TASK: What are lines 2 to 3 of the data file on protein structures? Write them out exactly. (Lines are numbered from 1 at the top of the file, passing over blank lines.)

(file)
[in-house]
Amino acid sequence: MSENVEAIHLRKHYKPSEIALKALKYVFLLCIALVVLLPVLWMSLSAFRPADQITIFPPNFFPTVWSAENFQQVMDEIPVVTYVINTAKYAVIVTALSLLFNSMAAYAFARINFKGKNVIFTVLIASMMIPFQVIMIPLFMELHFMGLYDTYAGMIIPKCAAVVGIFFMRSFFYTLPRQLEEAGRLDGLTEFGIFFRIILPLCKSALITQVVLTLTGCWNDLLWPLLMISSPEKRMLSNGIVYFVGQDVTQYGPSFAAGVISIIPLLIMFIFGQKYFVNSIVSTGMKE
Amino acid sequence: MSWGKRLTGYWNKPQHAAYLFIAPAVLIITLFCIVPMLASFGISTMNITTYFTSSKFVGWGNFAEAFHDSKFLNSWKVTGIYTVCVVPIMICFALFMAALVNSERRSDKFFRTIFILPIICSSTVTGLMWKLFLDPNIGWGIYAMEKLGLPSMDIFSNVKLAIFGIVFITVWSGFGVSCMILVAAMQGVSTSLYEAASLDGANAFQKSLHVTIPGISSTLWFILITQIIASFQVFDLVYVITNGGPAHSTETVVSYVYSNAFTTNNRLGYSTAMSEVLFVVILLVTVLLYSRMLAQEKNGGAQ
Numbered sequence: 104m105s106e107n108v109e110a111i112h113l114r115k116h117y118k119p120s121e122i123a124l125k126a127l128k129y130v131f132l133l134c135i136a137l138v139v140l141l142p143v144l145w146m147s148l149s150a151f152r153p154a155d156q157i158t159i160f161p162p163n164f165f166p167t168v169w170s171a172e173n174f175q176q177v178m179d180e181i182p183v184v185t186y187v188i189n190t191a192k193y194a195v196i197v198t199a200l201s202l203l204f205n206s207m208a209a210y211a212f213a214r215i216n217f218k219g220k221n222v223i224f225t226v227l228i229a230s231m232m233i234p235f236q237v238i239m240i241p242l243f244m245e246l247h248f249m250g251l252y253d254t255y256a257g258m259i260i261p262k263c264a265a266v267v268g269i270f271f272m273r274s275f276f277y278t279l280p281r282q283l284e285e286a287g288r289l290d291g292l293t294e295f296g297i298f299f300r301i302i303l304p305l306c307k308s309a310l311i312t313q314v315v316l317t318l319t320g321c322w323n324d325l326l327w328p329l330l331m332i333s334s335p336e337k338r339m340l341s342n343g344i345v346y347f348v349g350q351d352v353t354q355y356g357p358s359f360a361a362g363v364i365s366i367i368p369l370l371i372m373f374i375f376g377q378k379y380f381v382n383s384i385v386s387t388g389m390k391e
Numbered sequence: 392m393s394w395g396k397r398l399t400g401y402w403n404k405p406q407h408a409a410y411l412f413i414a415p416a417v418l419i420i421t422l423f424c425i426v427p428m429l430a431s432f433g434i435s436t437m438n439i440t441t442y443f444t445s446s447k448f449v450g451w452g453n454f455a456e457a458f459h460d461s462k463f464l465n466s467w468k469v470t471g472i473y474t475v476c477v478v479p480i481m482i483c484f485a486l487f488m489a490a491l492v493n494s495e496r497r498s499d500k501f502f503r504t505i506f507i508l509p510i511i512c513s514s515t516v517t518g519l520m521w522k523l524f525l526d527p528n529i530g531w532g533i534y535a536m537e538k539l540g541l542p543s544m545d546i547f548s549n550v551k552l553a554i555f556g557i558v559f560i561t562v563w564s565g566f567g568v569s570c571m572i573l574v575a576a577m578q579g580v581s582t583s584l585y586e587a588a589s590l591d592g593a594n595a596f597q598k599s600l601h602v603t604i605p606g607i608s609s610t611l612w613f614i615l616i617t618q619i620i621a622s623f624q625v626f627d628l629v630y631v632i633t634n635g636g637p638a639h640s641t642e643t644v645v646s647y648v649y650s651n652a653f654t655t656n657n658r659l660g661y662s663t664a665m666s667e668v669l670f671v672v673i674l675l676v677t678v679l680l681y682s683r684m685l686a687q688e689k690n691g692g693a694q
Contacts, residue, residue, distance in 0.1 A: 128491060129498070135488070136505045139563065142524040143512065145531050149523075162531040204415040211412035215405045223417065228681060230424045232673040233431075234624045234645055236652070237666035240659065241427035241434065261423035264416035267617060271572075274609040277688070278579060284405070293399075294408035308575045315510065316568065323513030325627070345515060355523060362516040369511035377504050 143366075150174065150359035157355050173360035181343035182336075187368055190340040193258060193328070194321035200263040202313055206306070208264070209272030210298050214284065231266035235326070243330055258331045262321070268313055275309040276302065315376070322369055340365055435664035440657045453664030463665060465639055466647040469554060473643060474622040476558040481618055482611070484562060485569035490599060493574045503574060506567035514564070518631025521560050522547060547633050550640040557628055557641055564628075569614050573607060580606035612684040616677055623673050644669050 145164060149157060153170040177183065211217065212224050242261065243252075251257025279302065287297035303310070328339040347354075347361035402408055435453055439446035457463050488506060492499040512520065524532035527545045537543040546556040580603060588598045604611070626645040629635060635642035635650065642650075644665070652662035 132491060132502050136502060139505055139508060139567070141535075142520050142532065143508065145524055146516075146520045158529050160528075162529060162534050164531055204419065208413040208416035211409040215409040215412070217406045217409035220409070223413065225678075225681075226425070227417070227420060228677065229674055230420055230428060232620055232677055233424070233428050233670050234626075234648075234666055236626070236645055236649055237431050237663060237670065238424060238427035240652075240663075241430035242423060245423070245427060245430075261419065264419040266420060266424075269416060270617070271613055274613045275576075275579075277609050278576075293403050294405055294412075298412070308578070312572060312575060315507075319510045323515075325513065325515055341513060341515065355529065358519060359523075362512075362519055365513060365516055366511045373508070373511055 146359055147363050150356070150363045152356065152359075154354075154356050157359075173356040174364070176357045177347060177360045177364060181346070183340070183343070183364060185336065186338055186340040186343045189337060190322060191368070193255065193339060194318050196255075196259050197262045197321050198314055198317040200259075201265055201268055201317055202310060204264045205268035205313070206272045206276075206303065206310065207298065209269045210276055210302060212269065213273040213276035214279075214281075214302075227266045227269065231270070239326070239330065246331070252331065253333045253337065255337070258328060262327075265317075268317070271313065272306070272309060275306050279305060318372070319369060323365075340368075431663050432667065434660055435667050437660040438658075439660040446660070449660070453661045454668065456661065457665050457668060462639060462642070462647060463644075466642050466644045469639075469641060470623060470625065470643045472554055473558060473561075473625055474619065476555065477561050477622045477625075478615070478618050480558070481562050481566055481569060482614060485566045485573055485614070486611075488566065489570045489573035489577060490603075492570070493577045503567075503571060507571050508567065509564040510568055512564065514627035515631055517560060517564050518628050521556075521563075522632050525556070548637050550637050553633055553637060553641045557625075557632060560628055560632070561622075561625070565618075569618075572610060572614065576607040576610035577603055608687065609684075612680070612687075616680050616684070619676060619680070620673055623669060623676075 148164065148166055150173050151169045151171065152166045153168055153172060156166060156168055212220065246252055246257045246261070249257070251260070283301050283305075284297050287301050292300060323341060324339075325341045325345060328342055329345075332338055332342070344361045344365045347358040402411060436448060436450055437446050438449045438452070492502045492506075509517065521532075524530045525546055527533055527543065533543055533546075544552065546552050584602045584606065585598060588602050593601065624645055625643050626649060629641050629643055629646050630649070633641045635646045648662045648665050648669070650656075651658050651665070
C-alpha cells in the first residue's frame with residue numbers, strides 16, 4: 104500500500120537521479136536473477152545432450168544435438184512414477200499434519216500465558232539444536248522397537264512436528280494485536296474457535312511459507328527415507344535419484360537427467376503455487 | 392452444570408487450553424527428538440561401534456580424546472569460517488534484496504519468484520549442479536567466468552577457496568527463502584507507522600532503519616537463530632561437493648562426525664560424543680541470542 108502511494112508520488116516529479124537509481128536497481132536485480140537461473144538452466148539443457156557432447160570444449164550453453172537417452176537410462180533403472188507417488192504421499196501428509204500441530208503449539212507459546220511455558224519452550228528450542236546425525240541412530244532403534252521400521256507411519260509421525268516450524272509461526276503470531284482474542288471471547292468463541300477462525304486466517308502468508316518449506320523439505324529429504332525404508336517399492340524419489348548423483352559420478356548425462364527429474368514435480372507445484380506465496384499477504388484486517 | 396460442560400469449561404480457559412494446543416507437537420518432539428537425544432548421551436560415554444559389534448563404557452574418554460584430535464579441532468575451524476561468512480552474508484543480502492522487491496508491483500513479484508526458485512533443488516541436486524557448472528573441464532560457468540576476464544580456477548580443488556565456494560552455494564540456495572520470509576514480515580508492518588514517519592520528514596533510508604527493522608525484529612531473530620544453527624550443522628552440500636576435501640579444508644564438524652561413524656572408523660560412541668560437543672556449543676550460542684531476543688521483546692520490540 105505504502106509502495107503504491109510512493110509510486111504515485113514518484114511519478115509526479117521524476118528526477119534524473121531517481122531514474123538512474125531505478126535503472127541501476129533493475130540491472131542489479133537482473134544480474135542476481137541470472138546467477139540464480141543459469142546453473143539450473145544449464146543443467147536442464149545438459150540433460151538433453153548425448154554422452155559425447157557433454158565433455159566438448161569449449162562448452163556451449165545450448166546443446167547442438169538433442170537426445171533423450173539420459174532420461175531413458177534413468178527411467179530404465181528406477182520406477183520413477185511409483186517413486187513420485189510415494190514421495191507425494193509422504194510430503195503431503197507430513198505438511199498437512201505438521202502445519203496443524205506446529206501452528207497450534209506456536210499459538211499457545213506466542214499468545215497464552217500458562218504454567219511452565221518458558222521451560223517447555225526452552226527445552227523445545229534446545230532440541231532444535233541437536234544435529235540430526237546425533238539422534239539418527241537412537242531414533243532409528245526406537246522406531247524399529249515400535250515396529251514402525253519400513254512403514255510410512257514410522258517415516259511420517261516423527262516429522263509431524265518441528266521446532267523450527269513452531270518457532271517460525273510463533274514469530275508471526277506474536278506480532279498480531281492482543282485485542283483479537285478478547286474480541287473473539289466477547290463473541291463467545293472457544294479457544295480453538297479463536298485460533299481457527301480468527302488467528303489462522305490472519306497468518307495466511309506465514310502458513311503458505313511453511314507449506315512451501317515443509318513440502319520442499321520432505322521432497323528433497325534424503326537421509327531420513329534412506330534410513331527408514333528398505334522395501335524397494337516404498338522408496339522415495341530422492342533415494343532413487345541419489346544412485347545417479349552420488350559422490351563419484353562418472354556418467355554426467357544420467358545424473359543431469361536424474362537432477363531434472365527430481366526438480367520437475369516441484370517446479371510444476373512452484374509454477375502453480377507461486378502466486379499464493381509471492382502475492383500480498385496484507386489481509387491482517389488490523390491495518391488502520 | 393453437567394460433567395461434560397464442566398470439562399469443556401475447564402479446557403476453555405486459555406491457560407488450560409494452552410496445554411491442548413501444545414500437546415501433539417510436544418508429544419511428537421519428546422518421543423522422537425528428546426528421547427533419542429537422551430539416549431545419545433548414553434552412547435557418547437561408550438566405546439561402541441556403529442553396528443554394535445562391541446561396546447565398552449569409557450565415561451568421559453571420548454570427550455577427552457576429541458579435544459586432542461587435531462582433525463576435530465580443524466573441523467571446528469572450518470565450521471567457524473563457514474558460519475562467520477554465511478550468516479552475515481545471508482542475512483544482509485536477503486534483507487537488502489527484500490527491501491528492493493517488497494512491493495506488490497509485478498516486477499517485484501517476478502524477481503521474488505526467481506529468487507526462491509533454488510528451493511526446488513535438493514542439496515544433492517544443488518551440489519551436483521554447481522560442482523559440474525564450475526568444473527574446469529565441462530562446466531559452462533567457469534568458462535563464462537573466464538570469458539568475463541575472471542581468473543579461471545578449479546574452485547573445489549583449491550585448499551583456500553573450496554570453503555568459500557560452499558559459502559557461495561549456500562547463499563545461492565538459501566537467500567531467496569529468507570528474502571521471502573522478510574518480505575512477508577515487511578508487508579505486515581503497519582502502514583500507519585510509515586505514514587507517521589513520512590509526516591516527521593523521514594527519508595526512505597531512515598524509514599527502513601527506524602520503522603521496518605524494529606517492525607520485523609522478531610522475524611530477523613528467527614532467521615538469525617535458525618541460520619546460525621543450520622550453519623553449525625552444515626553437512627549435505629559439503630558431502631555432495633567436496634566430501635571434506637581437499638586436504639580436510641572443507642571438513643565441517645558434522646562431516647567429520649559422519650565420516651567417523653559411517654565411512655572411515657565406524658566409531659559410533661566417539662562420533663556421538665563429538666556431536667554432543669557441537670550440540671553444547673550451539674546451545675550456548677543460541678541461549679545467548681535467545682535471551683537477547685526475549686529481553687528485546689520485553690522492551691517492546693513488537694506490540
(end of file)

Amino acid sequence: MSENVEAIHLRKHYKPSEIALKALKYVFLLCIALVVLLPVLWMSLSAFRPADQITIFPPNFFPTVWSAENFQQVMDEIPVVTYVINTAKYAVIVTALSLLFNSMAAYAFARINFKGKNVIFTVLIASMMIPFQVIMIPLFMELHFMGLYDTYAGMIIPKCAAVVGIFFMRSFFYTLPRQLEEAGRLDGLTEFGIFFRIILPLCKSALITQVVLTLTGCWNDLLWPLLMISSPEKRMLSNGIVYFVGQDVTQYGPSFAAGVISIIPLLIMFIFGQKYFVNSIVSTGMKE
Amino acid sequence: MSWGKRLTGYWNKPQHAAYLFIAPAVLIITLFCIVPMLASFGISTMNITTYFTSSKFVGWGNFAEAFHDSKFLNSWKVTGIYTVCVVPIMICFALFMAALVNSERRSDKFFRTIFILPIICSSTVTGLMWKLFLDPNIGWGIYAMEKLGLPSMDIFSNVKLAIFGIVFITVWSGFGVSCMILVAAMQGVSTSLYEAASLDGANAFQKSLHVTIPGISSTLWFILITQIIASFQVFDLVYVITNGGPAHSTETVVSYVYSNAFTTNNRLGYSTAMSEVLFVVILLVTVLLYSRMLAQEKNGGAQ